My eldest son is a business analyst who designs systems for various clients. Technology is his game and his knowledge thereof vis-a-vis the field of human resources leaves me in awe. Thirty years old and single, he has invested in a condo and is already building up his retirement fund. His job takes him abroad every now and then, yet he doesn’t mind commuting when he has to. He always finds time to go to the gym and insists on eating healthy.
My second son may be a very busy lawyer millenial but he always puts family first, shares in the responsibilities of child care, willingly changes his daughter’s diapers, gets up in the middle of the night to soothe her to sleep to give his lawyer wife more time to sleep too. They have date nights while their baby stays home with her grandparents. They go on outings, just the three of them, sans nanny. A very young family, yet able to enjoy little pleasures unheard of during our time.
My youngest, a resident-doctor millenial, is so passionate and dedicated to her career. Always wanting to learn, she uses technology for her various research papers while flying through the stringent demands of residency. Hospital work may keep her literally on her toes for long hours (she is a major force in organizing events for their department, among other things), but she is never out of touch with fashion, books, movies, and baking recipes! Thanks to the Internet.
Yes, they’re a million miles away from what I am – I, who was also raised by a stay-at-home mom and who experienced just about the same love and guidance that I gave them. I’m just down here somewhere while they’re soaring high up there. But what gives me the biggest comfort and joy is that they still come and kiss us goodnight (no matter how late they get home), they love their siblings despite all the ribbing, and they’d go back to have their tickets checked if the train personnel overlooked them.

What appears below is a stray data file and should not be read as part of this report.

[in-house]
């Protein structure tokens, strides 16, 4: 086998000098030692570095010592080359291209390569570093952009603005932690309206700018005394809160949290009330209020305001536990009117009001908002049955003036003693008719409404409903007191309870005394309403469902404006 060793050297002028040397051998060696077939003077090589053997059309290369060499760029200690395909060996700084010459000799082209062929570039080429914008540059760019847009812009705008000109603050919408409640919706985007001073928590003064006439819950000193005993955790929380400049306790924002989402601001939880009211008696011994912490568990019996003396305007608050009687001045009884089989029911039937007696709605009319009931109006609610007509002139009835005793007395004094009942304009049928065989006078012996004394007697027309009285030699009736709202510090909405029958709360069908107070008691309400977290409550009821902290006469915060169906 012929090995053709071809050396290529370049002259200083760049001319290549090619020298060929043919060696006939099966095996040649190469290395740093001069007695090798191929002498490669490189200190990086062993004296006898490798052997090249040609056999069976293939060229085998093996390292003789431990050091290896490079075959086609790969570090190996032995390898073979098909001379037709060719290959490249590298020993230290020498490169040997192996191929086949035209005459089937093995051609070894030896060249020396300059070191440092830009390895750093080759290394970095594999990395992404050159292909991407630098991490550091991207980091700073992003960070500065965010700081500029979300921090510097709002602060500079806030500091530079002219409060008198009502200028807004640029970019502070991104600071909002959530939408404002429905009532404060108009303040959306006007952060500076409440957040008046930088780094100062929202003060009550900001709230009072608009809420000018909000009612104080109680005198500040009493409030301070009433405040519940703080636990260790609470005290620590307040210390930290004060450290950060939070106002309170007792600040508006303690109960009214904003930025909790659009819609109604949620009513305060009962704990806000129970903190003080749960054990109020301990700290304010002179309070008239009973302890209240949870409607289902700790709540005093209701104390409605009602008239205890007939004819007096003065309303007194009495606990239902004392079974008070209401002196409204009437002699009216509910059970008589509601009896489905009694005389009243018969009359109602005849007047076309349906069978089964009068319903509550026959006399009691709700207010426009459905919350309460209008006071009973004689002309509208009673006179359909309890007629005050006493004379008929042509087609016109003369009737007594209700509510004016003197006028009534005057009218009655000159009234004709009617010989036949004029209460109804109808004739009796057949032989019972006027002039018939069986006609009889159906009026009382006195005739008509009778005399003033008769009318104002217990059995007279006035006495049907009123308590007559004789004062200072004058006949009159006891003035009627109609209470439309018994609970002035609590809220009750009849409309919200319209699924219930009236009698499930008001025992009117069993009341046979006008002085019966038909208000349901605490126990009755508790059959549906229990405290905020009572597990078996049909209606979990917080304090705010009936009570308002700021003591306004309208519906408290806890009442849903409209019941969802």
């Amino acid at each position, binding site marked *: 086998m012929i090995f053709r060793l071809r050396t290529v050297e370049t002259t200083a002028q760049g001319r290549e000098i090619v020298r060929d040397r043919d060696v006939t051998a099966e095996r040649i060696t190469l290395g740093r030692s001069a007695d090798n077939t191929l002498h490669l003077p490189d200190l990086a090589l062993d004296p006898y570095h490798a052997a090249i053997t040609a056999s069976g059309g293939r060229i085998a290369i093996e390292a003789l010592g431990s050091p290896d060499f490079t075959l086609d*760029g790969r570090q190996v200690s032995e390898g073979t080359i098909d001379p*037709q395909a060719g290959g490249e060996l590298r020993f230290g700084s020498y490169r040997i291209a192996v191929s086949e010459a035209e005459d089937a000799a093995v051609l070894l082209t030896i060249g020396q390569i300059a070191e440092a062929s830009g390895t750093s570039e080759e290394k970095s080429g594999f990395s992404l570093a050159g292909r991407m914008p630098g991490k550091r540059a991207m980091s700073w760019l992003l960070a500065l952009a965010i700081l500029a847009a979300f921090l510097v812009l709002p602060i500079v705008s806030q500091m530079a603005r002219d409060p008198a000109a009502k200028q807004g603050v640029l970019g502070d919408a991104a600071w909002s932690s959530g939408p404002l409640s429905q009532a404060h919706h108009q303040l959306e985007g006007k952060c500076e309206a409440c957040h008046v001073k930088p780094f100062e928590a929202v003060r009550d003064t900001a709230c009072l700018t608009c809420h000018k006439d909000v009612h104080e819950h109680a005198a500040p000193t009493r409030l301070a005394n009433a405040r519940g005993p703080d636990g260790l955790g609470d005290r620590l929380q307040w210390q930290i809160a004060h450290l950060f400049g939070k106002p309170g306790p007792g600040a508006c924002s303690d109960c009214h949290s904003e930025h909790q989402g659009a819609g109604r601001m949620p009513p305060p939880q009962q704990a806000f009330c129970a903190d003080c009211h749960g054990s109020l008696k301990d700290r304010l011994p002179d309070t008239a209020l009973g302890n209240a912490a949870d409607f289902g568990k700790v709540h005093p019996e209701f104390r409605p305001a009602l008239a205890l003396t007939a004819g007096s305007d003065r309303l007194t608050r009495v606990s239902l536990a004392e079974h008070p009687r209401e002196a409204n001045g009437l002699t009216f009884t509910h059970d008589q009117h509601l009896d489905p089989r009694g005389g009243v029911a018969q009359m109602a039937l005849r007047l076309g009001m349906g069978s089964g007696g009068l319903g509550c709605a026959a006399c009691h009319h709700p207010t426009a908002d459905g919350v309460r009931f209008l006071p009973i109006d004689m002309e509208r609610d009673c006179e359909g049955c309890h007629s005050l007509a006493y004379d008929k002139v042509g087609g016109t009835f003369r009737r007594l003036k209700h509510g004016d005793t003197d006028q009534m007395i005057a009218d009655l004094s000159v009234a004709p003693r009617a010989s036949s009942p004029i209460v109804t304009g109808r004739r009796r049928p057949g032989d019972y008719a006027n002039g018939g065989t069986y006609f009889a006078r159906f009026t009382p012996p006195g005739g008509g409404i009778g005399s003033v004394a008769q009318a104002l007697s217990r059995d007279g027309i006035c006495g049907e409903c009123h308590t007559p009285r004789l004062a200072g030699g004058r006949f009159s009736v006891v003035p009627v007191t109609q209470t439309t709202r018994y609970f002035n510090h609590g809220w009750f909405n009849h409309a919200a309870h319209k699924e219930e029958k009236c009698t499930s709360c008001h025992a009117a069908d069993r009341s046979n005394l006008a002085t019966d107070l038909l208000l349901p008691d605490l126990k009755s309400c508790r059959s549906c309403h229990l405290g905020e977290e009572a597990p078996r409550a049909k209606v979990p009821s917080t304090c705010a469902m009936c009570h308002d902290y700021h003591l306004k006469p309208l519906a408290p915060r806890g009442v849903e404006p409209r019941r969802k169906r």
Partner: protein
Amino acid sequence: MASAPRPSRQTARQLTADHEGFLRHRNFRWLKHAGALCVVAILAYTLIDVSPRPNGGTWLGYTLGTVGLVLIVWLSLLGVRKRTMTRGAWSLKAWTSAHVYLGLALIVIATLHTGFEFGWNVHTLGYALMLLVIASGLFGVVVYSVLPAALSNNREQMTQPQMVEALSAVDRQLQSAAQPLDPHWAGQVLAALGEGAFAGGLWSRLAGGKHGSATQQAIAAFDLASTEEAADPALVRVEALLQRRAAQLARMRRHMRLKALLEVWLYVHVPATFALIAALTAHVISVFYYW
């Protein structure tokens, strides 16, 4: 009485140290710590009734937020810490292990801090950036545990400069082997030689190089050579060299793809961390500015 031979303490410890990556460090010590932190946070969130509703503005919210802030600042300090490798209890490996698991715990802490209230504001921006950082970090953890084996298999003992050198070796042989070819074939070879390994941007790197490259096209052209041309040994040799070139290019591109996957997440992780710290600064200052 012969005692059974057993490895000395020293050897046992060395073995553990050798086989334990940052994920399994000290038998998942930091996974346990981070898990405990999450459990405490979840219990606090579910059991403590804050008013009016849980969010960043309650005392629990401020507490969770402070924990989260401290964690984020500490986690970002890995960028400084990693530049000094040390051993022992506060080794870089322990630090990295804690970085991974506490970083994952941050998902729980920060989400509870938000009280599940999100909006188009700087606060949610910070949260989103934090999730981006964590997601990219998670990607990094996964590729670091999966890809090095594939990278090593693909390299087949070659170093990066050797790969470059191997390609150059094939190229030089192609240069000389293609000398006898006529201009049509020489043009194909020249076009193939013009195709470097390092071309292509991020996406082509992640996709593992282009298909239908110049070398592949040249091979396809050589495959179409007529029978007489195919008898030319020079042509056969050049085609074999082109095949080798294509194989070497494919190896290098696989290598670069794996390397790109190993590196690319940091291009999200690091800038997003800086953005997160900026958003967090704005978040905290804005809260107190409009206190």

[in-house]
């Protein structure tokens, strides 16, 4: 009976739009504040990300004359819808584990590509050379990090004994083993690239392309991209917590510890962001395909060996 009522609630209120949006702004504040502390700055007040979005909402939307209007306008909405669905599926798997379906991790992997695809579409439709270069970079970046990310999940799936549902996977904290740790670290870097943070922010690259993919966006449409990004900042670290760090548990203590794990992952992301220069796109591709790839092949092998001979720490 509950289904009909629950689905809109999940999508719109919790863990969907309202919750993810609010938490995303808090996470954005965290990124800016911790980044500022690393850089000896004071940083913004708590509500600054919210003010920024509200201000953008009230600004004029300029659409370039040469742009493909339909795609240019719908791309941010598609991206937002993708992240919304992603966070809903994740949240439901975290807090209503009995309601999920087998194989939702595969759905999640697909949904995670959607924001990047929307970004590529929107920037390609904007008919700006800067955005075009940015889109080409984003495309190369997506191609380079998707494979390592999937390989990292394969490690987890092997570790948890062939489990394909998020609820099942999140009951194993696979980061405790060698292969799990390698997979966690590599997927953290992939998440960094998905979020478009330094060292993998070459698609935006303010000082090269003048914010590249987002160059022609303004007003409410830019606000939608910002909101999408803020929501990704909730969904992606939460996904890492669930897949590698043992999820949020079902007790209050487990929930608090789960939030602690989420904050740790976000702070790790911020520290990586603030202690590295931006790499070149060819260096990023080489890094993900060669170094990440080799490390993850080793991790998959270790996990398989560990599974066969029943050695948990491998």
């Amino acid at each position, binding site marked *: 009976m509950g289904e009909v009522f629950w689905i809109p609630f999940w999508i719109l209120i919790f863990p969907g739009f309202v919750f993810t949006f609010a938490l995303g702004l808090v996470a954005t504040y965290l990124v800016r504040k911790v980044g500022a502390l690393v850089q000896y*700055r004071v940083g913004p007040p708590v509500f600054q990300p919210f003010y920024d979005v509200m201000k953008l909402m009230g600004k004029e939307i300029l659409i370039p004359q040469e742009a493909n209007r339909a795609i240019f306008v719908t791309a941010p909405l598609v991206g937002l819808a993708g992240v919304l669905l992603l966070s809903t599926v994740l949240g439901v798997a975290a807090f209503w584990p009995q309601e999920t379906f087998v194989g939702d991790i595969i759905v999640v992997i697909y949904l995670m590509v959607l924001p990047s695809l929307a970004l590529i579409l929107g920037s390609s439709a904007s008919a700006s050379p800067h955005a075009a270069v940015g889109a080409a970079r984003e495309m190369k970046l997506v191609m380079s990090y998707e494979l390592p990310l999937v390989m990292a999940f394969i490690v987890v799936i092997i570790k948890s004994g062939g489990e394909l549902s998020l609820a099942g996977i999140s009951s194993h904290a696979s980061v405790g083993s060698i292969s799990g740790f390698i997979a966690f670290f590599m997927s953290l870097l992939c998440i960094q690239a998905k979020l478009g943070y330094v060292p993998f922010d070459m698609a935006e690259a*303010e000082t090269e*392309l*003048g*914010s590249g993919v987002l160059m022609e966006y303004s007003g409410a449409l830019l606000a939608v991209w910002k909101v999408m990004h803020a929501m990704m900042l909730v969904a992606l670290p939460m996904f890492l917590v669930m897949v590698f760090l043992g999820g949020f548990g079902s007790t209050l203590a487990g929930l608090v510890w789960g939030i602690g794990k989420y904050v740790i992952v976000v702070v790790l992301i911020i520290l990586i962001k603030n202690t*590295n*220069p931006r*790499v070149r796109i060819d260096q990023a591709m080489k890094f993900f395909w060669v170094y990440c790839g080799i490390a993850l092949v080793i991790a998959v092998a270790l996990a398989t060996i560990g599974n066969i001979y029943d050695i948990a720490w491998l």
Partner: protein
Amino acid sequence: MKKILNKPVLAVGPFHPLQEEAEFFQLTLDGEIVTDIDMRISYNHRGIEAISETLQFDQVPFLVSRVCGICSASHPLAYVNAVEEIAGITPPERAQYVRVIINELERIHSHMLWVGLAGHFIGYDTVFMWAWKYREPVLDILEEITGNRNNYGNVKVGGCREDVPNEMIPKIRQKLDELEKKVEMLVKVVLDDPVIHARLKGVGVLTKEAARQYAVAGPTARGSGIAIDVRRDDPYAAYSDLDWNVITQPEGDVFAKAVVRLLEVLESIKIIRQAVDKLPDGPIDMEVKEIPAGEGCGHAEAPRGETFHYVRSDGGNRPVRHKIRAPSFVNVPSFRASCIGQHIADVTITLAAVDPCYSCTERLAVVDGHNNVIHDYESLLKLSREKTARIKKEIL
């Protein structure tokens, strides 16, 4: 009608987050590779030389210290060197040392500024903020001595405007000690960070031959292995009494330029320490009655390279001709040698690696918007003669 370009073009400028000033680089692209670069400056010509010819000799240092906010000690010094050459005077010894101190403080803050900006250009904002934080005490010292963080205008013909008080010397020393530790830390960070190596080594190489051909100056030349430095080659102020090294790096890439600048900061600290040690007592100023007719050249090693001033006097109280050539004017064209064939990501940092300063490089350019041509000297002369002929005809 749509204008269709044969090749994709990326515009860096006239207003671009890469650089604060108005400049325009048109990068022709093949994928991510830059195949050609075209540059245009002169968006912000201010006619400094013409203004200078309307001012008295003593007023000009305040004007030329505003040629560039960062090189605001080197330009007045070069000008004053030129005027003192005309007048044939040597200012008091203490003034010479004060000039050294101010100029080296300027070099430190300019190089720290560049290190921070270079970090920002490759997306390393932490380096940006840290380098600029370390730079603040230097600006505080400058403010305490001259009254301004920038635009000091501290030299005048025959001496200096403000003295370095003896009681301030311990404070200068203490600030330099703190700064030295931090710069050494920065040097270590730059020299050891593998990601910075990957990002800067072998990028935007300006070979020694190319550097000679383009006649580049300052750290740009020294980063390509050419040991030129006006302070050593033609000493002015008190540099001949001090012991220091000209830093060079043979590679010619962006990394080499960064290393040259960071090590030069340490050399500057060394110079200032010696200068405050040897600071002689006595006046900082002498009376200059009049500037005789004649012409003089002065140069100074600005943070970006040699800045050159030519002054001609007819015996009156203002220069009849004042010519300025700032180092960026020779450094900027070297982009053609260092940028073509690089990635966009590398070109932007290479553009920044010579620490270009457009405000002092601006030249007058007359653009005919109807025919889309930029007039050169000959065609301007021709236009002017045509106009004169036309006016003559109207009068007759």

“Better to lose points on earth and gain them in heaven.” I used to say this when their grade school teachers erred in checking their tests papers, giving a score for a wrong answer. And I required them to have their scores adjusted, much to the surprise and appreciation of their teachers for their honesty. It seems this seemingly little reminder has become a part of their lives, notwithstanding technology and all. And that’s not bad.
Not bad at all.
Maricar Cabrera is stay-at-home mom who has raised three compassionate and responsible adults. She now takes great pride in the fruits of her child-rearing career. Her biggest achievements are her children who excel in their chosen fields. She can now do what she had to give up in the earlier years: sit back and read a book, travel, shop, and do volunteer work. And spoil her granddaughter to pieces.